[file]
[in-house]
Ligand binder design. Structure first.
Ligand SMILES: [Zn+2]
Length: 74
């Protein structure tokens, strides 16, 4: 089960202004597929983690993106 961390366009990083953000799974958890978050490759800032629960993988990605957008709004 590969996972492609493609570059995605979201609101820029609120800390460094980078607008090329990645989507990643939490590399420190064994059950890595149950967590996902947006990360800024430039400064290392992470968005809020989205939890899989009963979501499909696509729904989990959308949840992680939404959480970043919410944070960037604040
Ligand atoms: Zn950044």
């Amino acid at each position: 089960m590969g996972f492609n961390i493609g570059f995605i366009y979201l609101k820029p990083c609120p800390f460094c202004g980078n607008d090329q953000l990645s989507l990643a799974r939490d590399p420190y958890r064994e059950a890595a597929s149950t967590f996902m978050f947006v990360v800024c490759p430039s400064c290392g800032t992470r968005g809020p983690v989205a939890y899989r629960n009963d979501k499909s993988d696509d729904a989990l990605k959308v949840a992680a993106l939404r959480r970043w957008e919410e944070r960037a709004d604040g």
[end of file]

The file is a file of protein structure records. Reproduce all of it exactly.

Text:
[in-house]
Ligand binder design. Structure first.
Ligand SMILES: [Zn+2]
Length: 74
């Protein structure tokens, strides 16, 4: 089960202004597929983690993106 961390366009990083953000799974958890978050490759800032629960993988990605957008709004 590969996972492609493609570059995605979201609101820029609120800390460094980078607008090329990645989507990643939490590399420190064994059950890595149950967590996902947006990360800024430039400064290392992470968005809020989205939890899989009963979501499909696509729904989990959308949840992680939404959480970043919410944070960037604040
Ligand atoms: Zn950044």
């Amino acid at each position: 089960m590969g996972f492609n961390i493609g570059f995605i366009y979201l609101k820029p990083c609120p800390f460094c202004g980078n607008d090329q953000l990645s989507l990643a799974r939490d590399p420190y958890r064994e059950a890595a597929s149950t967590f996902m978050f947006v990360v800024c490759p430039s400064c290392g800032t992470r968005g809020p983690v989205a939890y899989r629960n009963d979501k499909s993988d696509d729904a989990l990605k959308v949840a992680a993106l939404r959480r970043w957008e919410e944070r960037a709004d604040g």